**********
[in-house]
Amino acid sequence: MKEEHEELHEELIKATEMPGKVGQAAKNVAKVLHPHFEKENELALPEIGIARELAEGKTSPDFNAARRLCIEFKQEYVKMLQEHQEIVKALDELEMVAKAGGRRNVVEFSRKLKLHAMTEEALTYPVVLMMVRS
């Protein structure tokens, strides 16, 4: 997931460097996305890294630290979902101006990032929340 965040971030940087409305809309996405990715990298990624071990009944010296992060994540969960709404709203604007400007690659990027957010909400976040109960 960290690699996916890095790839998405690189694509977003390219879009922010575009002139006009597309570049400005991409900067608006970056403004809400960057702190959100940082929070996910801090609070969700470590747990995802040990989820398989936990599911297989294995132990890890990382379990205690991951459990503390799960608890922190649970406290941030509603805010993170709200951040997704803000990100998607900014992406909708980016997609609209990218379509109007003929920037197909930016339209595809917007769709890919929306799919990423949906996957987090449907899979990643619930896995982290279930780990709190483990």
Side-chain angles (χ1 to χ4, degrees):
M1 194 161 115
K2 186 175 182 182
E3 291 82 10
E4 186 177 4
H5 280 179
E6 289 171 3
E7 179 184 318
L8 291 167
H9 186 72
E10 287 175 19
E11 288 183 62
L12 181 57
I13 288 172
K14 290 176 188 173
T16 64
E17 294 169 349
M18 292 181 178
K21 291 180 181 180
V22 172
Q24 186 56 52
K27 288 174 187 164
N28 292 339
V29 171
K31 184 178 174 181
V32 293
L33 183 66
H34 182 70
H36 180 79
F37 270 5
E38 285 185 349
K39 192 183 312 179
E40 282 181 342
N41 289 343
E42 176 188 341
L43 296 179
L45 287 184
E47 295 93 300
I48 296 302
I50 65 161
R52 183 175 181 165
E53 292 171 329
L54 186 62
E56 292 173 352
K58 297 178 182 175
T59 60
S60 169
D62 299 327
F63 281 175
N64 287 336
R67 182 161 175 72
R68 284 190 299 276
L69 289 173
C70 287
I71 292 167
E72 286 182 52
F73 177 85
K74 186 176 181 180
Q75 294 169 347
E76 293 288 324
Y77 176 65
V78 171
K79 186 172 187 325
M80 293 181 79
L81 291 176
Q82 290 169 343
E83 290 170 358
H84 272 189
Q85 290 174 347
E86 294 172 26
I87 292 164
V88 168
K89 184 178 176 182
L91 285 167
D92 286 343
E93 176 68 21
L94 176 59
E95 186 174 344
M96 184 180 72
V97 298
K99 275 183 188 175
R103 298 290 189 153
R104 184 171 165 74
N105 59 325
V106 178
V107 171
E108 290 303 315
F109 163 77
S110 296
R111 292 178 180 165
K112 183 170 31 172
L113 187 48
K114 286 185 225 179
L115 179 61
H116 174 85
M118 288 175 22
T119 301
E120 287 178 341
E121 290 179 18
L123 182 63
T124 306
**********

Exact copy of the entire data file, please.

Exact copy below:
[in-house]
Amino acid sequence: MKEEHEELHEELIKATEMPGKVGQAAKNVAKVLHPHFEKENELALPEIGIARELAEGKTSPDFNAARRLCIEFKQEYVKMLQEHQEIVKALDELEMVAKAGGRRNVVEFSRKLKLHAMTEEALTYPVVLMMVRS
């Protein structure tokens, strides 16, 4: 997931460097996305890294630290979902101006990032929340 965040971030940087409305809309996405990715990298990624071990009944010296992060994540969960709404709203604007400007690659990027957010909400976040109960 960290690699996916890095790839998405690189694509977003390219879009922010575009002139006009597309570049400005991409900067608006970056403004809400960057702190959100940082929070996910801090609070969700470590747990995802040990989820398989936990599911297989294995132990890890990382379990205690991951459990503390799960608890922190649970406290941030509603805010993170709200951040997704803000990100998607900014992406909708980016997609609209990218379509109007003929920037197909930016339209595809917007769709890919929306799919990423949906996957987090449907899979990643619930896995982290279930780990709190483990």
Side-chain angles (χ1 to χ4, degrees):
M1 194 161 115
K2 186 175 182 182
E3 291 82 10
E4 186 177 4
H5 280 179
E6 289 171 3
E7 179 184 318
L8 291 167
H9 186 72
E10 287 175 19
E11 288 183 62
L12 181 57
I13 288 172
K14 290 176 188 173
T16 64
E17 294 169 349
M18 292 181 178
K21 291 180 181 180
V22 172
Q24 186 56 52
K27 288 174 187 164
N28 292 339
V29 171
K31 184 178 174 181
V32 293
L33 183 66
H34 182 70
H36 180 79
F37 270 5
E38 285 185 349
K39 192 183 312 179
E40 282 181 342
N41 289 343
E42 176 188 341
L43 296 179
L45 287 184
E47 295 93 300
I48 296 302
I50 65 161
R52 183 175 181 165
E53 292 171 329
L54 186 62
E56 292 173 352
K58 297 178 182 175
T59 60
S60 169
D62 299 327
F63 281 175
N64 287 336
R67 182 161 175 72
R68 284 190 299 276
L69 289 173
C70 287
I71 292 167
E72 286 182 52
F73 177 85
K74 186 176 181 180
Q75 294 169 347
E76 293 288 324
Y77 176 65
V78 171
K79 186 172 187 325
M80 293 181 79
L81 291 176
Q82 290 169 343
E83 290 170 358
H84 272 189
Q85 290 174 347
E86 294 172 26
I87 292 164
V88 168
K89 184 178 176 182
L91 285 167
D92 286 343
E93 176 68 21
L94 176 59
E95 186 174 344
M96 184 180 72
V97 298
K99 275 183 188 175
R103 298 290 189 153
R104 184 171 165 74
N105 59 325
V106 178
V107 171
E108 290 303 315
F109 163 77
S110 296
R111 292 178 180 165
K112 183 170 31 172
L113 187 48
K114 286 185 225 179
L115 179 61
H116 174 85
M118 288 175 22
T119 301
E120 287 178 341
E121 290 179 18
L123 182 63
T124 306